EXTRUSIVE and INTRUSIVE VOLCANIC ROCKS
Extrusive Igneous Rocks (Volcanic Rocks):
Volcanic rocks (also called extrusive igneous rocks) include all the products resulting from eruptions of lava. Igneous rocks form from melted rock, called magma. On the surface of the Earth, igneous rocks usually occur in a cooled state, except where molten rock is erupting from an active volcano. Magma that flows out onto the Earth's surface is called lava. Rocks that crystallize quickly from cooling lava at or near the Earth's surface are called volcanic rocks. Common volcanic rocks are basalt, andesite, and rhyolite.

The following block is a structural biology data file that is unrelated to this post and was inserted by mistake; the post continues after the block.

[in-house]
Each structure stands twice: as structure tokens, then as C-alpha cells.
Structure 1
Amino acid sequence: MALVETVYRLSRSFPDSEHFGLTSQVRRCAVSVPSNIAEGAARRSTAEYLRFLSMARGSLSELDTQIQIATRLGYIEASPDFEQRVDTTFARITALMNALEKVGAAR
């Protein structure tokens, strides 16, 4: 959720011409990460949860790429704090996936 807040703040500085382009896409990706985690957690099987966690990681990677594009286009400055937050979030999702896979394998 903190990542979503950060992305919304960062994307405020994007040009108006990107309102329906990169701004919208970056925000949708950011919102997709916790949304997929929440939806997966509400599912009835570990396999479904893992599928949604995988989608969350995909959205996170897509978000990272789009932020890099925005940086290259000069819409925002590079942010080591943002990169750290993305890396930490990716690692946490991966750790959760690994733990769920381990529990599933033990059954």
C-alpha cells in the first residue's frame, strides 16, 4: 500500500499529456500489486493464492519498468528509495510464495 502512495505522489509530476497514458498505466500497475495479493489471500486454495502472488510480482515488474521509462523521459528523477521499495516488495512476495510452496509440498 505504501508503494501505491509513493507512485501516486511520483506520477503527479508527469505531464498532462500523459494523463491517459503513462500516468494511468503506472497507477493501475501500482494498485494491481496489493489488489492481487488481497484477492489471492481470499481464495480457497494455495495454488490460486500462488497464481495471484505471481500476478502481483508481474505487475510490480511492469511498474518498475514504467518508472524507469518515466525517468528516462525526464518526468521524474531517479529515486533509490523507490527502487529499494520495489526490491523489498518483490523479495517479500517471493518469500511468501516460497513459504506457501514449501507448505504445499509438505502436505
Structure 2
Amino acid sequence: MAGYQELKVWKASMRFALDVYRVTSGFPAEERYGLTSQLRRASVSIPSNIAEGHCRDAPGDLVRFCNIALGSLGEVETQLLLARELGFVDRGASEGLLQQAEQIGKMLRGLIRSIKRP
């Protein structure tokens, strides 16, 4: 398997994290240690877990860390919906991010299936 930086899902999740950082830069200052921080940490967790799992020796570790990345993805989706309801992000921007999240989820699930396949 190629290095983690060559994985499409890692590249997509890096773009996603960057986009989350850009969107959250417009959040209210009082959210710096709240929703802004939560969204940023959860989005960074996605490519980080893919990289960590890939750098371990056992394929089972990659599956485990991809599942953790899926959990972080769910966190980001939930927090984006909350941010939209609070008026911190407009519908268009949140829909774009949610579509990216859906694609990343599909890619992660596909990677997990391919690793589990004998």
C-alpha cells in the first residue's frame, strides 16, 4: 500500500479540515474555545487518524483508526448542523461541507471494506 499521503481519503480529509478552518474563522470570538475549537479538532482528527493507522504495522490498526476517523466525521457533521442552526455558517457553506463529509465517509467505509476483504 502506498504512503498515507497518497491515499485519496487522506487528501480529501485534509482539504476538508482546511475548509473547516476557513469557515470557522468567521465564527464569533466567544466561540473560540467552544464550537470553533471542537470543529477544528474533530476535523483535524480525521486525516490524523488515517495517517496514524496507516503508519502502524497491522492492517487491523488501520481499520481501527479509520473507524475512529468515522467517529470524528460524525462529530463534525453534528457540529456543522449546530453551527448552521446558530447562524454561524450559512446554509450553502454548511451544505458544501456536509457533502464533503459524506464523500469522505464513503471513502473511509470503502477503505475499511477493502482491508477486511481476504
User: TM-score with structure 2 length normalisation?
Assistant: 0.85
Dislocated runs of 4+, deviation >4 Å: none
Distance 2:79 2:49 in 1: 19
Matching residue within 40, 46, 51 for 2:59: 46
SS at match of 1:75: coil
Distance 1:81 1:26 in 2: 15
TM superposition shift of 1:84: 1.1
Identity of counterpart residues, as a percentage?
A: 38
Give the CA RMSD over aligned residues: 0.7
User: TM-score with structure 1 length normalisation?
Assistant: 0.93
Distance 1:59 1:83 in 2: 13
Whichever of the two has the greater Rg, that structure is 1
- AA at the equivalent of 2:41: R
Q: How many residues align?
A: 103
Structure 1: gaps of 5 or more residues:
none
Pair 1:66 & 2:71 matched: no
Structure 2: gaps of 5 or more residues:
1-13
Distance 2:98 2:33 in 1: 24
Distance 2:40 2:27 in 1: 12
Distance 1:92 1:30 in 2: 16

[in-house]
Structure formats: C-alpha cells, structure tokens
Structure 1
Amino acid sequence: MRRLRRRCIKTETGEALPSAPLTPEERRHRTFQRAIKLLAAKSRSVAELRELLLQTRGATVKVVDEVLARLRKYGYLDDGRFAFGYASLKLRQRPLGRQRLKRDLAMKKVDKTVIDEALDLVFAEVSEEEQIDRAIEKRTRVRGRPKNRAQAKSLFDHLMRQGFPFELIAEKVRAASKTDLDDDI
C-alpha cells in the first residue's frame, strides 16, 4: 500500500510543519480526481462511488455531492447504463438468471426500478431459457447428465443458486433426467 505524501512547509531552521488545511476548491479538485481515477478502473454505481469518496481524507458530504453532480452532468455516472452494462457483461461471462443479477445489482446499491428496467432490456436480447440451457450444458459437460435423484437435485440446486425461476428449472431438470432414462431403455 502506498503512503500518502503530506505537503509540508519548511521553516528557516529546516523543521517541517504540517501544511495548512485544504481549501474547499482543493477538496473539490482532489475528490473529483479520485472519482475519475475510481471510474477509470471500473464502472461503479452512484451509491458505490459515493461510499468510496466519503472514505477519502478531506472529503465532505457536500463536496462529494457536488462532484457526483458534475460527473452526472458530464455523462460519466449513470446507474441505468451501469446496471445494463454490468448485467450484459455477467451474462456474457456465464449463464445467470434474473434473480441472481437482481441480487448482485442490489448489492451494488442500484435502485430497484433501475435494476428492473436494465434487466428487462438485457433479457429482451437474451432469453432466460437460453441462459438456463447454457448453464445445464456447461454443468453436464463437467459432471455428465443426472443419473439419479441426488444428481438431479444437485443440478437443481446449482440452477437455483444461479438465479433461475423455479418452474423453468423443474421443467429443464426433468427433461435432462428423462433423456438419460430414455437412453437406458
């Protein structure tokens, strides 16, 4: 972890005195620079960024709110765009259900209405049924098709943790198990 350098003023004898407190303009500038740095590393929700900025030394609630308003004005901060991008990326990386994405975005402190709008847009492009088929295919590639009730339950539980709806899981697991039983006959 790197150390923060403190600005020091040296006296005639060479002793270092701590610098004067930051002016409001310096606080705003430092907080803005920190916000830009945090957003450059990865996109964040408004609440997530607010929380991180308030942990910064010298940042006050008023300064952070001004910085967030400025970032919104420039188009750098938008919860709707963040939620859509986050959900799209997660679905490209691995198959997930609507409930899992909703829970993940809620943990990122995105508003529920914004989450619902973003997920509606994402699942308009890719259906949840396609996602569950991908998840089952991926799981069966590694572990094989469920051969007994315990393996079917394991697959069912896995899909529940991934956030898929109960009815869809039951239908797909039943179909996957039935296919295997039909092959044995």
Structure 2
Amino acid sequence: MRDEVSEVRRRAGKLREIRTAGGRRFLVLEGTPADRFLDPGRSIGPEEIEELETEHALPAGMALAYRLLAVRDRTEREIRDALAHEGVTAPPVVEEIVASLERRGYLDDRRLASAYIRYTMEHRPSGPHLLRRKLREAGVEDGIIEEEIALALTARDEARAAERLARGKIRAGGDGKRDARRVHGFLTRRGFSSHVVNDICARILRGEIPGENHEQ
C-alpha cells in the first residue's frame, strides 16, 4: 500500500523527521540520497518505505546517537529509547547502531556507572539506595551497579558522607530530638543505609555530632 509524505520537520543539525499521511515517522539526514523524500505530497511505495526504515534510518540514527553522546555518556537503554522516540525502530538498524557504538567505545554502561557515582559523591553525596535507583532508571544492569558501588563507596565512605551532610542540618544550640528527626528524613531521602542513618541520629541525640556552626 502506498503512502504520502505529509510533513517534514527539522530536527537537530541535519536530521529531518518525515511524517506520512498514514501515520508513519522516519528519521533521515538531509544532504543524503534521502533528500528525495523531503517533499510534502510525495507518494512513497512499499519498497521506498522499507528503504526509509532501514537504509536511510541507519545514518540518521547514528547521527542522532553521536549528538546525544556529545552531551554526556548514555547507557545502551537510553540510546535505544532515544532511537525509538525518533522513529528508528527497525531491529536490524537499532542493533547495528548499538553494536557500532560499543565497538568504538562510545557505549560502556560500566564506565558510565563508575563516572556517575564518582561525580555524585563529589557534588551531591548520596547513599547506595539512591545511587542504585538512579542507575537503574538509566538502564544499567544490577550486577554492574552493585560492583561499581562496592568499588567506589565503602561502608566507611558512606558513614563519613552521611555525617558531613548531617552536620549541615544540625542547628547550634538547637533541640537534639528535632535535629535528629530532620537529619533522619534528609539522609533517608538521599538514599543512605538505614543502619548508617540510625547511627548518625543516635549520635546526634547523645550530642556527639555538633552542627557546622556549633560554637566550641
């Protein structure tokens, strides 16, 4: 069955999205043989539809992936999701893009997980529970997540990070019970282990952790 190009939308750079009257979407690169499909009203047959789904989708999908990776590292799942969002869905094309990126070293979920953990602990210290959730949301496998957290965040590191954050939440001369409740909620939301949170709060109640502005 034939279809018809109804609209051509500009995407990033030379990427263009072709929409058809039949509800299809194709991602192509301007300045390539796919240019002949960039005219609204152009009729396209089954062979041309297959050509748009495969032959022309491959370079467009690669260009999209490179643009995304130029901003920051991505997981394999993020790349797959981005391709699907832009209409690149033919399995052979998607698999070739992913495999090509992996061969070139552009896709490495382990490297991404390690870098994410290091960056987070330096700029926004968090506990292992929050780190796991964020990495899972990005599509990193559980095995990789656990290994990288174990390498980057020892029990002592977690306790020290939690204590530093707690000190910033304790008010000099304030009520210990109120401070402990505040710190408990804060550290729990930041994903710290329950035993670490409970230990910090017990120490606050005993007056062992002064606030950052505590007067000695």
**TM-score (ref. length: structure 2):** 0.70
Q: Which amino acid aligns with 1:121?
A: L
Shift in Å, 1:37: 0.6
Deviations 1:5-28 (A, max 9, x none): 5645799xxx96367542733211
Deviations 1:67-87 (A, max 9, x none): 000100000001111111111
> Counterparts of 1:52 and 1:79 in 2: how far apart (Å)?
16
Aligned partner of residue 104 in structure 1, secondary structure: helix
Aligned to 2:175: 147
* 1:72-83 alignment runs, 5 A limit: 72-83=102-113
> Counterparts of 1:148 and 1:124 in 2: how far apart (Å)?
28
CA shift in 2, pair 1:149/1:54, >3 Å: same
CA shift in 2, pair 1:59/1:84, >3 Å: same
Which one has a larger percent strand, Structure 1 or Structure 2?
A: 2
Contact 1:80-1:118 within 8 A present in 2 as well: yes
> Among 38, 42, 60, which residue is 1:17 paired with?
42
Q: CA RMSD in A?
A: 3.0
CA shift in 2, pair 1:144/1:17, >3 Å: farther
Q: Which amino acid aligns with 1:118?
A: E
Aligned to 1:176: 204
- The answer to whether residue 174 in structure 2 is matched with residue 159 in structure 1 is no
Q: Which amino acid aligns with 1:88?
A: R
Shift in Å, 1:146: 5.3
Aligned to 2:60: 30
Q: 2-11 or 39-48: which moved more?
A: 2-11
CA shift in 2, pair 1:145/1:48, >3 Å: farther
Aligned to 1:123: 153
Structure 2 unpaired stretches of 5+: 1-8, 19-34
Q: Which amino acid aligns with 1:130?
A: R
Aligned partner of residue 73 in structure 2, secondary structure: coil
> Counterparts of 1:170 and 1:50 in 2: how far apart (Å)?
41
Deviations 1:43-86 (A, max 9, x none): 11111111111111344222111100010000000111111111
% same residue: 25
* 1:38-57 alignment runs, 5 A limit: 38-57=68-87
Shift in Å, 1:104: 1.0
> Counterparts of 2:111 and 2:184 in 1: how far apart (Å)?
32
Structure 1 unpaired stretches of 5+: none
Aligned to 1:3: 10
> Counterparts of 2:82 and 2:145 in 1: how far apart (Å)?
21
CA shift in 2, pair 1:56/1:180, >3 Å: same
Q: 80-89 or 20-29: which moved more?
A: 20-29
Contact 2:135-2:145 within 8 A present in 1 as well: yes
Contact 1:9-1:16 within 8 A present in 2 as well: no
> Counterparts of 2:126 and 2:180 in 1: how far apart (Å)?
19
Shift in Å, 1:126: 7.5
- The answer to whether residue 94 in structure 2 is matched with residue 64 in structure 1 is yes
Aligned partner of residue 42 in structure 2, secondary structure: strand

Intrusive Igneous Rocks (Plutonic Rocks):
Plutonic rocks (also called intrusive igneous rocks ) are those that have solidified below ground. When magmas crystallize deep underground they look different from volcanic rocks because they cool more slowly and, therefore, have larger crystals. Igneous rocks cooled beneath the Earth's surface are called intrusive rocks. The intrusive equivalents of basalt, andesite, and rhyolite are gabbro, diorite, and granite, respectively.
See Also: Igneous Rocks
-- Excerpts from:
USGS/NPS Geology of the Parks Website, September 2001; Barker, 1997, Collecting Rocks: USGS General Interest Publication; and the Volcano Hazards Program Website Photoglossary, July 2001